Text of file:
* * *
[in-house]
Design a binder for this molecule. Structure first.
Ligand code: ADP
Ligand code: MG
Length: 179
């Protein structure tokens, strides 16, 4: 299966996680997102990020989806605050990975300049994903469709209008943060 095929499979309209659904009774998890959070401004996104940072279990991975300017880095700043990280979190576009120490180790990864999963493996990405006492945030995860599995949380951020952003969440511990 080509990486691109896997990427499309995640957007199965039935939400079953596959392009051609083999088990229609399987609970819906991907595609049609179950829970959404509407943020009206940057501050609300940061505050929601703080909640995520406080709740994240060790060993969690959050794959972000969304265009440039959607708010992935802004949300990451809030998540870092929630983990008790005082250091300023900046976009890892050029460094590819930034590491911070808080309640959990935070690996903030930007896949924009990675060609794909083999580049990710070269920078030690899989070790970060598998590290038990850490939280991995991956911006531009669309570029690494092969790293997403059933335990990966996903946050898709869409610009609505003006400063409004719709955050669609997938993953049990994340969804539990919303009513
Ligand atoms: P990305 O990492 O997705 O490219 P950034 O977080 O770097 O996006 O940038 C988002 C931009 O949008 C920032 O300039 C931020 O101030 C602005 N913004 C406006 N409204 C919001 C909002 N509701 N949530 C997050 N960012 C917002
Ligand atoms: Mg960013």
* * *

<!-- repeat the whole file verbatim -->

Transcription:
[in-house]
Design a binder for this molecule. Structure first.
Ligand code: ADP
Ligand code: MG
Length: 179
């Protein structure tokens, strides 16, 4: 299966996680997102990020989806605050990975300049994903469709209008943060 095929499979309209659904009774998890959070401004996104940072279990991975300017880095700043990280979190576009120490180790990864999963493996990405006492945030995860599995949380951020952003969440511990 080509990486691109896997990427499309995640957007199965039935939400079953596959392009051609083999088990229609399987609970819906991907595609049609179950829970959404509407943020009206940057501050609300940061505050929601703080909640995520406080709740994240060790060993969690959050794959972000969304265009440039959607708010992935802004949300990451809030998540870092929630983990008790005082250091300023900046976009890892050029460094590819930034590491911070808080309640959990935070690996903030930007896949924009990675060609794909083999580049990710070269920078030690899989070790970060598998590290038990850490939280991995991956911006531009669309570029690494092969790293997403059933335990990966996903946050898709869409610009609505003006400063409004719709955050669609997938993953049990994340969804539990919303009513
Ligand atoms: P990305 O990492 O997705 O490219 P950034 O977080 O770097 O996006 O940038 C988002 C931009 O949008 C920032 O300039 C931020 O101030 C602005 N913004 C406006 N409204 C919001 C909002 N509701 N949530 C997050 N960012 C917002
Ligand atoms: Mg960013």